Southampton engineers fly the world's first 'printed' aircraft

July 28, 2011
Southampton engineers fly the world's first 'printed' aircraft
SULSA is the world's first "printed" aircraft. Credit: University of Southampton

Engineers at the University of Southampton have designed and flown the world's first 'printed' aircraft, which could revolutionise the economics of aircraft design.

The SULSA (Southampton University Laser Sintered ) plane is an (UAV) whose entire structure has been printed, including wings, integral control surfaces and access hatches. It was printed on an EOS EOSINT P730 nylon laser sintering machine, which fabricates plastic or metal objects, building up the item layer by layer.

No fasteners were used and all equipment was attached using 'snap fit' techniques so that the entire aircraft can be put together without tools in minutes.

The electric-powered aircraft, with a 2-metres wingspan, has a top speed of nearly 100 miles per hour, but when in cruise mode is almost silent. The aircraft is also equipped with a miniature autopilot developed by Dr Matt Bennett, one of the members of the team.

Laser sintering allows the designer to create shapes and structures that would normally involve costly traditional manufacturing techniques. This technology allows a highly-tailored aircraft to be developed from concept to first flight in days. Using conventional materials and manufacturing techniques, such as composites, this would normally take months. Furthermore, because no tooling is required for manufacture, radical changes to the shape and scale of the aircraft can be made with no extra cost.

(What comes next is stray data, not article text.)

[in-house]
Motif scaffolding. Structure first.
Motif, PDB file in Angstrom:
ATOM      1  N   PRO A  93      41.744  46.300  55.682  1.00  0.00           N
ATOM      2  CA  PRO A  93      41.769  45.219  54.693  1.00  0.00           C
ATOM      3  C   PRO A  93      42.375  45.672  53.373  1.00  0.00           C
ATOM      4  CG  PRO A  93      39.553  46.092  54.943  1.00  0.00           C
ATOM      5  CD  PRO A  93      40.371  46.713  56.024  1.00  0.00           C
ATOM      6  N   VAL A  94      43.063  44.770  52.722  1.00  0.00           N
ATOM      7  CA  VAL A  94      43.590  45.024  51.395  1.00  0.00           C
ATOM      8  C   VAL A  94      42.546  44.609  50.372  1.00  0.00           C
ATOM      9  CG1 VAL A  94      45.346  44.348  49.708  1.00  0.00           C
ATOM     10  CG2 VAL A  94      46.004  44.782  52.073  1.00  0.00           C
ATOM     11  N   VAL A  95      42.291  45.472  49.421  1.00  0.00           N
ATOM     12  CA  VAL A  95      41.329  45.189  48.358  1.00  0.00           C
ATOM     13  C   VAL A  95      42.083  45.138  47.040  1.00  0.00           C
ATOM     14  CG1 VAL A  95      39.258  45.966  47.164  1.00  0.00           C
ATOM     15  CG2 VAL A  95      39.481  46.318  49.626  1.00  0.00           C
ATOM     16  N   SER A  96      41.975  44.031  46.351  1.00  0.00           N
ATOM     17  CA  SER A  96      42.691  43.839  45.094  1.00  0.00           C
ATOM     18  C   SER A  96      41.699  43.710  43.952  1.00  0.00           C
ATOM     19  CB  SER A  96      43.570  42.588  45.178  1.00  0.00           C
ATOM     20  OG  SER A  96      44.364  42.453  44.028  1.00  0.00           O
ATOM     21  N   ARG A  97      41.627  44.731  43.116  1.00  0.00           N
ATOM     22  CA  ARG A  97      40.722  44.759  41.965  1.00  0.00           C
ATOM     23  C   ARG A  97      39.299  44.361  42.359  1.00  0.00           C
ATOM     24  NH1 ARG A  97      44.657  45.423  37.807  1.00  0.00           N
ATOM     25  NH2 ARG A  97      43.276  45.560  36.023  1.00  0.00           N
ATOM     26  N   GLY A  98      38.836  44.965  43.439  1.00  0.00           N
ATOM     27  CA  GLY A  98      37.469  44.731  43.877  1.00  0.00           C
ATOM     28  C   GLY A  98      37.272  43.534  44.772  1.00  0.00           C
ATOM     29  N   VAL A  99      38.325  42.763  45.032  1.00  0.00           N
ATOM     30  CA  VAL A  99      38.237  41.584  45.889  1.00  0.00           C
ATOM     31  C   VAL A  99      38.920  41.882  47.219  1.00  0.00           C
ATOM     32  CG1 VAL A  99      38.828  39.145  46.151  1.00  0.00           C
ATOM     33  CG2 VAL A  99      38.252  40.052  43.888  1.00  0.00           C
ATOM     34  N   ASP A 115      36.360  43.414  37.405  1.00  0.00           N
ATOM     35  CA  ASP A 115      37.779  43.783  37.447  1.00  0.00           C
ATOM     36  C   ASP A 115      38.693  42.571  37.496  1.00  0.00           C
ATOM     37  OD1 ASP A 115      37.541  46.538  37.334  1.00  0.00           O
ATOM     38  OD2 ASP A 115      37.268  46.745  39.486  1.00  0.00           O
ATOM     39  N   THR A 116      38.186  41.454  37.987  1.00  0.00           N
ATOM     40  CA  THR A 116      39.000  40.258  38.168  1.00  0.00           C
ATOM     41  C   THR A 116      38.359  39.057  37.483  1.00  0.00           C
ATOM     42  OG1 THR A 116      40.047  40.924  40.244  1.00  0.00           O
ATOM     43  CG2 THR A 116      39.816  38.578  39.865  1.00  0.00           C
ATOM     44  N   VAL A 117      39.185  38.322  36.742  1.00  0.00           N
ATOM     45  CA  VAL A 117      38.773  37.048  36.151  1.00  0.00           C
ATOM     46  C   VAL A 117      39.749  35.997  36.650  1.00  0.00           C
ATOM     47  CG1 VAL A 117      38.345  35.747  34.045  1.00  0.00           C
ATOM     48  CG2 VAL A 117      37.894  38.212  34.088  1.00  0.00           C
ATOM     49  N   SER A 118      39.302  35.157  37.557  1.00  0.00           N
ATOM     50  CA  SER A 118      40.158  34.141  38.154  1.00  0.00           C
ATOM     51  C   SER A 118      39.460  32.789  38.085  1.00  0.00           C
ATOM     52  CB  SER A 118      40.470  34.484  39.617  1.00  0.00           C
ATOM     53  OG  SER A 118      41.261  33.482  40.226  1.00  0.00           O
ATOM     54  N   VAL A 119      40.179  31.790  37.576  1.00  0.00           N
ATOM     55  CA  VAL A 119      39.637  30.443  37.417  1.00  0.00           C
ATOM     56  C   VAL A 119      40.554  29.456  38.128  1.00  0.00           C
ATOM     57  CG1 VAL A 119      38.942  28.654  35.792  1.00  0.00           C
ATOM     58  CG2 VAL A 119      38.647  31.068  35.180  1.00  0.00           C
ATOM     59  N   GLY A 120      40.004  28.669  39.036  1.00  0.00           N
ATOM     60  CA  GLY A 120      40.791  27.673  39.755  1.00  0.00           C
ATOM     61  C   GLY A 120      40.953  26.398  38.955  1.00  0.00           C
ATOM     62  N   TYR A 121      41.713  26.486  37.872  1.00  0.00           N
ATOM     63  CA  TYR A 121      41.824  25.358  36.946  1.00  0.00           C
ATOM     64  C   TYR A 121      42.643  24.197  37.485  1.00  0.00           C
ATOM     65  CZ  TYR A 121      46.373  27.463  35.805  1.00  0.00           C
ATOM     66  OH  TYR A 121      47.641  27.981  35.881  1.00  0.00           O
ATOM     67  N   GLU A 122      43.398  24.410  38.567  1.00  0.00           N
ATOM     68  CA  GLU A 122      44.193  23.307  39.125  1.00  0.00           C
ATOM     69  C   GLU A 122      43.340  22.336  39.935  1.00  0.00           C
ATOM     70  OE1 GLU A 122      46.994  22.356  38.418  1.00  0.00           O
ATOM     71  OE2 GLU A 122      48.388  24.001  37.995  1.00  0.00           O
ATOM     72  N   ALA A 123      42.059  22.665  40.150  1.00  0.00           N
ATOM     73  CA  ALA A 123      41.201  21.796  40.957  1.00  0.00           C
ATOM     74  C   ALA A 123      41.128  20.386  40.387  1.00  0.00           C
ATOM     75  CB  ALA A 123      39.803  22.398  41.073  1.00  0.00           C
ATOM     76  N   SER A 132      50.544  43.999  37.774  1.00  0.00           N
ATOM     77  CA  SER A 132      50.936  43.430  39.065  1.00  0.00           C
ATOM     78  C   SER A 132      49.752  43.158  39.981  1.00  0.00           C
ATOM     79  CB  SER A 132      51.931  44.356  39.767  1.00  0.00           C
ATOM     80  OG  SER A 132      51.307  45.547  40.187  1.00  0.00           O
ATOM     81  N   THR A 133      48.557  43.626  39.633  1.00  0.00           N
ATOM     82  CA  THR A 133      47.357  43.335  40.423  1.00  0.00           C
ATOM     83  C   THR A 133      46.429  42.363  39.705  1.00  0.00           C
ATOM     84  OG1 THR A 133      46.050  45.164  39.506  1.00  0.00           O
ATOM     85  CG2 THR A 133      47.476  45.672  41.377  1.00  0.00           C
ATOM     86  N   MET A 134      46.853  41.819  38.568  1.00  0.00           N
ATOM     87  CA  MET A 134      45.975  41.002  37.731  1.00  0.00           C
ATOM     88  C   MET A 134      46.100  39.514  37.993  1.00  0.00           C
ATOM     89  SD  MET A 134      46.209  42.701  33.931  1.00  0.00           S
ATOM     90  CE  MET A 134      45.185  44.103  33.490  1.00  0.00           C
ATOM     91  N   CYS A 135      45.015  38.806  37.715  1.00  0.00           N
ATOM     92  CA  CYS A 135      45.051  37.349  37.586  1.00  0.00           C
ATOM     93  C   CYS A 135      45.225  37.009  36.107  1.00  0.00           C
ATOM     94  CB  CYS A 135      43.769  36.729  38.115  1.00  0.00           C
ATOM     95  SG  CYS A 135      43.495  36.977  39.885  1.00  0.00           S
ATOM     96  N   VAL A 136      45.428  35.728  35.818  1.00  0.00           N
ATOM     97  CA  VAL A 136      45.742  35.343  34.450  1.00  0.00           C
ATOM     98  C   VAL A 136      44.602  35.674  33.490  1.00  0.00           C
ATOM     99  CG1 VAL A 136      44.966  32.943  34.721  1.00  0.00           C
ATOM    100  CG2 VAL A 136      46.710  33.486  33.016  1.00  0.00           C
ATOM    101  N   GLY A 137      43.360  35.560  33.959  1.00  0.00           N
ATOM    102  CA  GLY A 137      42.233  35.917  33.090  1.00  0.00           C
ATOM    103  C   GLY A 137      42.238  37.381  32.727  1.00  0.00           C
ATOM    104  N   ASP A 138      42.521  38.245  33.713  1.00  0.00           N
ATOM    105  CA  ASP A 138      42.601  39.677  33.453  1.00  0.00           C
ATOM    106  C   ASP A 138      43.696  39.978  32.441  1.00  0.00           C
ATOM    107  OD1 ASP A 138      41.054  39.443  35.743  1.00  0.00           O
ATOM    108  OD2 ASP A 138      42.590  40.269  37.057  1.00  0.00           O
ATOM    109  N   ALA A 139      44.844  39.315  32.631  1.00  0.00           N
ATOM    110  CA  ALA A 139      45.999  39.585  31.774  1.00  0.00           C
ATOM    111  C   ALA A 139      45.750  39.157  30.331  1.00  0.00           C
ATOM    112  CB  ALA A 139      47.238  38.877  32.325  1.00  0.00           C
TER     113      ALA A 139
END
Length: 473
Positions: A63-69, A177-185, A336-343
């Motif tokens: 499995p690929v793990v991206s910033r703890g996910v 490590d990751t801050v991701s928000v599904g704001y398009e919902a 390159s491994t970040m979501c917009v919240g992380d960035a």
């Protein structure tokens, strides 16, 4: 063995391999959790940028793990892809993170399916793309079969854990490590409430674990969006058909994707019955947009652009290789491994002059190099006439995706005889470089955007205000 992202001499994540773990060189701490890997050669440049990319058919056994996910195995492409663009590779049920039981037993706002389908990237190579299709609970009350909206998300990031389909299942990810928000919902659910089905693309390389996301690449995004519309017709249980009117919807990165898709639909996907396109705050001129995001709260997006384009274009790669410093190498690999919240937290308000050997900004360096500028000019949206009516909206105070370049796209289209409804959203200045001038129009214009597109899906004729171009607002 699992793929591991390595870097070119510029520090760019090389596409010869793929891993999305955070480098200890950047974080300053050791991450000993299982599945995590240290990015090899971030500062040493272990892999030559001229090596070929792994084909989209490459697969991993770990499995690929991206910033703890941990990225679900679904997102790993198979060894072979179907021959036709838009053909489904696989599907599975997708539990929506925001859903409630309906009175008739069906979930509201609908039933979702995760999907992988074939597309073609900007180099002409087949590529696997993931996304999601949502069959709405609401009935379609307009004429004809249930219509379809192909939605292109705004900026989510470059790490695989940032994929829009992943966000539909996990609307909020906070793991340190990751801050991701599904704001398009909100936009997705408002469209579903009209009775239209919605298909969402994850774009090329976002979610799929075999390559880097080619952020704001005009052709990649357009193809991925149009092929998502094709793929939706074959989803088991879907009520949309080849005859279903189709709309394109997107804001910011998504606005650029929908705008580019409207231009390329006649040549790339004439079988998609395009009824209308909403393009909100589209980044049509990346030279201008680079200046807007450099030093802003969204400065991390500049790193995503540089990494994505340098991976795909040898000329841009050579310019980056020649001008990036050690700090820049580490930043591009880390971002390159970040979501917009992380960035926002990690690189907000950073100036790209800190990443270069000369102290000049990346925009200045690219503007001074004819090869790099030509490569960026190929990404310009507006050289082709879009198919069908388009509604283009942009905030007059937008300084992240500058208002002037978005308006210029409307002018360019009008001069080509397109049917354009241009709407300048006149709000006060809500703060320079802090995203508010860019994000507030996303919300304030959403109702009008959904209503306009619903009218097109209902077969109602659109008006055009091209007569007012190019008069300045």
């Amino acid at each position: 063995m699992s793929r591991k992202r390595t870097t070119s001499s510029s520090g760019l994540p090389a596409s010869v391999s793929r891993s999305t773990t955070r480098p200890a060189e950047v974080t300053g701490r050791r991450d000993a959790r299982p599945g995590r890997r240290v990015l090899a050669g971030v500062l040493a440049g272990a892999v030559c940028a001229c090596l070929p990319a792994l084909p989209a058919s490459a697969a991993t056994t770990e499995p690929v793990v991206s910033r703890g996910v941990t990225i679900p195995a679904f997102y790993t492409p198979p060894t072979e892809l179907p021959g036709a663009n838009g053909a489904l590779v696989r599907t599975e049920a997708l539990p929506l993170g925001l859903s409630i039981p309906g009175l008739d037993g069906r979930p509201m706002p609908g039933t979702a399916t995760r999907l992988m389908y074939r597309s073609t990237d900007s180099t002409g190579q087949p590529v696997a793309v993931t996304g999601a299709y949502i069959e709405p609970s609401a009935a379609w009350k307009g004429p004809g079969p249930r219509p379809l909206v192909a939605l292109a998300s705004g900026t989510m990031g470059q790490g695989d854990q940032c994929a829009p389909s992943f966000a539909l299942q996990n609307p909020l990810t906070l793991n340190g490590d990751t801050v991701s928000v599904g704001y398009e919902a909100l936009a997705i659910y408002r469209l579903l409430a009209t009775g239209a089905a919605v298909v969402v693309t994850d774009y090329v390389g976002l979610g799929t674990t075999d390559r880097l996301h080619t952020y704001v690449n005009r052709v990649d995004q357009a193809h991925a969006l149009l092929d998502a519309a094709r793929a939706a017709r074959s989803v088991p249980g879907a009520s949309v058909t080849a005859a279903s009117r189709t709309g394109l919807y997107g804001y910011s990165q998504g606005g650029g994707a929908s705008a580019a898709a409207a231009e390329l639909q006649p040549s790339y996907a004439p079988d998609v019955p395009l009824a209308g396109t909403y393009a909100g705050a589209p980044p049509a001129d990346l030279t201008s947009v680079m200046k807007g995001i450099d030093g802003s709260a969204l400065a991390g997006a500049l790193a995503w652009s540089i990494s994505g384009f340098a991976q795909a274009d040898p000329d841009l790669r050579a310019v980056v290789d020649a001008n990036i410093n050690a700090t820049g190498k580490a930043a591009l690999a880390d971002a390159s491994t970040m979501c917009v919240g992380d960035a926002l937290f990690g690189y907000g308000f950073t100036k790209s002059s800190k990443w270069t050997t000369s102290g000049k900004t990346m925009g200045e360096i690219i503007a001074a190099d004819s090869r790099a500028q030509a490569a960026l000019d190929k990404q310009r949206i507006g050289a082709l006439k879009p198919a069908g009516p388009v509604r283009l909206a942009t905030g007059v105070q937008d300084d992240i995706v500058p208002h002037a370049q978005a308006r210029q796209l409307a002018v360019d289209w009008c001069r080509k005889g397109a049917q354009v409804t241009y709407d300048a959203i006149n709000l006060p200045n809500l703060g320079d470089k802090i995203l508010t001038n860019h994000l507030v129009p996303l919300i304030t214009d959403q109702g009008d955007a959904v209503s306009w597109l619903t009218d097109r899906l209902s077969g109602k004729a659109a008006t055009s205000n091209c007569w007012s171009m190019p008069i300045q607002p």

This project has been led by Professors Andy Keane and Jim Scanlan from the University's Computational Engineering and Design Research group.

Professor Scanlon says: "The flexibility of the laser sintering process allows the design team to re-visit historical techniques and ideas that would have been prohibitively expensive using conventional manufacturing. One of these ideas involves the use of a Geodetic structure. This type of structure was initially developed by Barnes Wallis and famously used on the Vickers Wellington bomber which first flew in 1936. This form of structure is very stiff and lightweight, but very complex. If it was manufactured conventionally it would require a large number of individually tailored parts that would have to be bonded or fastened at great expense."

Professor Keane adds: "Another design benefit that laser sintering provides is the use of an elliptical wing planform. Aerodynamicists have, for decades, known that elliptical wings offer drag benefits. The Spitfire wing was recognised as an extremely efficient design but it was notoriously difficult and expensive to manufacture. Again laser sintering removes the manufacturing constraint associated with shape complexity and in the SULSA aircraft there is no cost penalty in using an elliptical shape."

SULSA is part of the EPSRC-funded DECODE project, which is employing the use of leading edge manufacturing techniques, such as laser sintering, to demonstrate their use in the design of UAVs.